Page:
Sting with strings attached...
Sting is almost 60, but his Symphonicity tour proves he's still taking risks, writes Simon Plant.
Nothing worth doing is without risk," Sting says. "There's always a risk in anything you do that has artistic value."
The former Police frontman keeps proving the point by skipping between musical genres as often as he flits between his homes in North America and Europe.
Highbrow pop (Sacred Love), hymns (If On A Winter's Night), channelling a Renaissance lutenist (Songs From The Labyrinth) and attaching strings to his greatest hits (Symphonicities) - he does it all.
Now, in a Perth hotel room, Sting is gently probing a new frontier - the stage musical.
"There's certainly a theatrical aspect to my songwriting that perhaps hasn't been explored," he says. "I have an idea, but realising that idea is a long, long process."
Would a Sting musical feature new material?
"Some new, some old. I'm at that stage of making a 'soup', if you like ... just throwing things in the pot and seeing what turns up."
In the meantime, Sting has plenty to go on with. Last year's album 'Symphonicities' spawned a world tour and that tour - featuring leading orchestras - is now galloping around Australia. He'll be backed by the Melbourne Symphony Orchestra in Melbourne and the Sydney Symphony in Sydney and Brisbane.
"It's like swimming in a warm sea of colour and sound," he says of their union. "But the abiding emotion for me is gratitude. How many singer/songwriters get to be in this position, of having their songs interpreted by musicians of this calibre? And by so many of them? It's fantastic, an unbelievable privilege."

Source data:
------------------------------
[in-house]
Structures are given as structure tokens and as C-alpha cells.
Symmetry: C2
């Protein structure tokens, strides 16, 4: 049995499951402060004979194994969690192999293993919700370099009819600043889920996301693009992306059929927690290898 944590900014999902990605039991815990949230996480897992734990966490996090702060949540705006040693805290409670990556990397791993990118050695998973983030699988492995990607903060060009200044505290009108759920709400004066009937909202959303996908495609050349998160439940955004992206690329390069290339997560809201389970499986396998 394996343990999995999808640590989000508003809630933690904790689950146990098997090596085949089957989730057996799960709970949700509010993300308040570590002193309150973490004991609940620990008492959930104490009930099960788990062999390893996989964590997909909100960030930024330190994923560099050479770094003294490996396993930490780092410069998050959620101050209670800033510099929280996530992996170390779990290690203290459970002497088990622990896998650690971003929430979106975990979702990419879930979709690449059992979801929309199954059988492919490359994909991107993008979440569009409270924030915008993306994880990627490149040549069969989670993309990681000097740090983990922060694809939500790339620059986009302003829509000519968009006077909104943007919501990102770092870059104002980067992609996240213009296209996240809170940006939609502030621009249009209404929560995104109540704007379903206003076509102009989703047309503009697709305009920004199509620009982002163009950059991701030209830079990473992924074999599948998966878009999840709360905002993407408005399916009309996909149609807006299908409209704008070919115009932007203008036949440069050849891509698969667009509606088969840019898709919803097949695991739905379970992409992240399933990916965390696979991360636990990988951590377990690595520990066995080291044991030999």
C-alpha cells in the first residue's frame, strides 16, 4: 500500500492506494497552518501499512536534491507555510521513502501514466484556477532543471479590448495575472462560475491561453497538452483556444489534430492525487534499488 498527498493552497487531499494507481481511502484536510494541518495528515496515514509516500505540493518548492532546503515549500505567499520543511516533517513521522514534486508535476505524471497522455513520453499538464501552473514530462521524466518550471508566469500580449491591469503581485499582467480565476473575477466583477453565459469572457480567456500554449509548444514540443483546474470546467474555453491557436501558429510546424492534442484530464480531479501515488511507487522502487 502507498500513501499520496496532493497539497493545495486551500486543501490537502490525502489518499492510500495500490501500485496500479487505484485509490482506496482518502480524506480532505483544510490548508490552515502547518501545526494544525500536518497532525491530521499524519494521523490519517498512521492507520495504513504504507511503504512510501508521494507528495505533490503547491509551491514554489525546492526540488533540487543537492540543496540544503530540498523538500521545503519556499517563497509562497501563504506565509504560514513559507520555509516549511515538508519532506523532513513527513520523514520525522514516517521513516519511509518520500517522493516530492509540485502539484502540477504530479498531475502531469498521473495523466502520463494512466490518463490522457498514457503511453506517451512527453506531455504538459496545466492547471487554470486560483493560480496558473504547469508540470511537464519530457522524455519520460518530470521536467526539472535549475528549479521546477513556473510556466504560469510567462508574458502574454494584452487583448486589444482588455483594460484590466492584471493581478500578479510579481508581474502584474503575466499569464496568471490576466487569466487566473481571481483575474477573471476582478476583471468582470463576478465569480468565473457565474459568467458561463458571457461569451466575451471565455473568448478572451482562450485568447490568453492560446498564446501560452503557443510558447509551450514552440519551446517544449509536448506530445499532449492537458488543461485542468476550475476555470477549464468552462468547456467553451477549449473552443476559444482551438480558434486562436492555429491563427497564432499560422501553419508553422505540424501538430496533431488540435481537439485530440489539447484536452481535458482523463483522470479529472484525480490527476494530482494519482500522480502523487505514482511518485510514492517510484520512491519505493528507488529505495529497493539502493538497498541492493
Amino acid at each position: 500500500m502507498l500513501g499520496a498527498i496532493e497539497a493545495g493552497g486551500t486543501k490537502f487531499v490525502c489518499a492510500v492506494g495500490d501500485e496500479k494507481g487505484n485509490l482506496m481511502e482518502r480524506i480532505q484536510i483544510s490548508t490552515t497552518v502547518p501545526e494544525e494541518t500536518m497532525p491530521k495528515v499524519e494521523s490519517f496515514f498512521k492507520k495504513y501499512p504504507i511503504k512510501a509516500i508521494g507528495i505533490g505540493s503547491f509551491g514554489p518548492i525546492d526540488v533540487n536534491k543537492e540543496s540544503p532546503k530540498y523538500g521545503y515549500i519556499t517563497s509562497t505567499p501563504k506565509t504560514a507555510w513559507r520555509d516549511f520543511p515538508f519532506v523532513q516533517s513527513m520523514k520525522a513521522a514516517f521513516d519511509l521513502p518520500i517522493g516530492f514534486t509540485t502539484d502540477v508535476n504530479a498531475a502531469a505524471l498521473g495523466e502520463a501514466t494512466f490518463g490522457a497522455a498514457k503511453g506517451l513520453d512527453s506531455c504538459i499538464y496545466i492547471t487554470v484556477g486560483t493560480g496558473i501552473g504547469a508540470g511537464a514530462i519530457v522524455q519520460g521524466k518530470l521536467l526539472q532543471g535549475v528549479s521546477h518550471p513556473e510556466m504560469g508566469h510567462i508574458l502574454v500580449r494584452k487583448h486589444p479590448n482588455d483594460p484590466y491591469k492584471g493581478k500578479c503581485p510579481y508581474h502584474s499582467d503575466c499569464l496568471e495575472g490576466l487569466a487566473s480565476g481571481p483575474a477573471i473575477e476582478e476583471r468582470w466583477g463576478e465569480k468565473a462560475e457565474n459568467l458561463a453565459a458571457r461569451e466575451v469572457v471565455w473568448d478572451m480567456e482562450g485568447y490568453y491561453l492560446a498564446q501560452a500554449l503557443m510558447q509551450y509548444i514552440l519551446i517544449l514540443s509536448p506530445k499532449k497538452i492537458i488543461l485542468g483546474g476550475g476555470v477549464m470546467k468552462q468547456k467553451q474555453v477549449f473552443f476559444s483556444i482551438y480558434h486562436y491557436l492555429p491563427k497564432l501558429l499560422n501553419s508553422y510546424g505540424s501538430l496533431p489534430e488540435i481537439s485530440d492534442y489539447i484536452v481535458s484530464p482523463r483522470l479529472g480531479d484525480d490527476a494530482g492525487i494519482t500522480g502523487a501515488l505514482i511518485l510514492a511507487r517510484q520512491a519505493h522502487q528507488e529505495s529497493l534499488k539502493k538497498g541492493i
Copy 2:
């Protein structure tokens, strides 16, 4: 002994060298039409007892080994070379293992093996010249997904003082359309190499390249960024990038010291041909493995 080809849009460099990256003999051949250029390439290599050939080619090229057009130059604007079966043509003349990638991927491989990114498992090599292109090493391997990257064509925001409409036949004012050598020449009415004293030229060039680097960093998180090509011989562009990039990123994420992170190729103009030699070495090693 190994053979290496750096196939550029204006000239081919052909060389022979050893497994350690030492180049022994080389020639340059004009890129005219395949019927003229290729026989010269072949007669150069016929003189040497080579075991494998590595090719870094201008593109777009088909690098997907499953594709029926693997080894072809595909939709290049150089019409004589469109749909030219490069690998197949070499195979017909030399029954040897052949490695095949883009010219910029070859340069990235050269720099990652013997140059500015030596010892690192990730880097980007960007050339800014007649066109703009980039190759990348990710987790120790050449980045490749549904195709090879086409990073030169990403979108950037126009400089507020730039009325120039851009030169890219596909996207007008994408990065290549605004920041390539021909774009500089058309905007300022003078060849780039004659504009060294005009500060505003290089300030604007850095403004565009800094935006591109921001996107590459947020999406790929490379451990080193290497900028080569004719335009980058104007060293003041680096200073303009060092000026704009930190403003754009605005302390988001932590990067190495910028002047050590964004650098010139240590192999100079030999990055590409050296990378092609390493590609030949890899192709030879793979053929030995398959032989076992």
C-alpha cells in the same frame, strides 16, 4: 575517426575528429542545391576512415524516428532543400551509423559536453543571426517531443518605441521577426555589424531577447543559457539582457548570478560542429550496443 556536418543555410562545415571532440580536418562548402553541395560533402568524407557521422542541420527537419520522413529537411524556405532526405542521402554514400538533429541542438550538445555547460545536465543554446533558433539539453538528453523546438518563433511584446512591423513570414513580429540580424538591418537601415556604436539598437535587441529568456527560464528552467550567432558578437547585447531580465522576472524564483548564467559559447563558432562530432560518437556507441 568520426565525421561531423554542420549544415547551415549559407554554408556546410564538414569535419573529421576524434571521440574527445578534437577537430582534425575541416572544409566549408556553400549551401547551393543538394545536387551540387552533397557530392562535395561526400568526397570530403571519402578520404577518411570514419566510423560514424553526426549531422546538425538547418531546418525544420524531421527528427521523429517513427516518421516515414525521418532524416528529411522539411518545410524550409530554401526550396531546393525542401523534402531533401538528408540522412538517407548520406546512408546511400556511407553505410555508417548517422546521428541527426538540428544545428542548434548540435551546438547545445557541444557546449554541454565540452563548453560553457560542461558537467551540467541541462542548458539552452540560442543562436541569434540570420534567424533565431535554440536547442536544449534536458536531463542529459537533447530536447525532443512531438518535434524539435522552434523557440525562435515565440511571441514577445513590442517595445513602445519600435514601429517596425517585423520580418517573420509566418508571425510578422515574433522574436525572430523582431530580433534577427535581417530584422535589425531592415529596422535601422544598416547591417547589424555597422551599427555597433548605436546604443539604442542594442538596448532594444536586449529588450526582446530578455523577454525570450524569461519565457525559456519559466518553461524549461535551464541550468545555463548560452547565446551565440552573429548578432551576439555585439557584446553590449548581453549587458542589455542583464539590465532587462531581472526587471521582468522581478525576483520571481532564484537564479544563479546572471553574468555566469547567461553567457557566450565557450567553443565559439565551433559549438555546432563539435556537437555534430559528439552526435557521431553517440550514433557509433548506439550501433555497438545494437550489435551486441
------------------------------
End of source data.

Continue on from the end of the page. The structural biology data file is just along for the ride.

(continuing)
Giving popular music the classical treatment is not new. Elton John did it successfully with the MSO in 1986. But there have been disasters and Sting was powerfully aware of the crossover pitfalls. "There's nothing worse than orchestral musicians playing long notes behind a ballad. Boring. So I said to our arrangers, 'Let's make these guys work as if they're playing Stravinsky with the same amount of rhythmic intensity and focus'. They'll be happy, I'll be ecstatic and so will the audience'," he says.
Forty of Sting's songs were "reimagined for symphonic arrangement"; some instantly suggested themselves.
As Sting says: "There are bits of Bach in my music, bits of Prokofiev, so those songs were easy. Other things were too simple to warrant a symphony orchestra playing them, but there were a few surprises. Some songs I thought would never work, like Next To You, worked out extremely well."
Sting has no need for a personal makeover. Daily exercise and yoga are keeping him lean and sinewy, while his straw-brown buzzcut lends him an almost monastic look.
There's an intriguing stillness about him, too. In repose, he crosses one leg over the other and holds that defensive position for minutes on end. It's only when he sashays on stage for a dry-run rehearsal with MSO musicians that he looks animated - stroking imaginary violins and capering around music stands.
"It really was not my intention to be famous," he says later. "It was to earn a living as a musician because that's an honorable profession as far as I'm concerned. That's still my ambition, still my desire."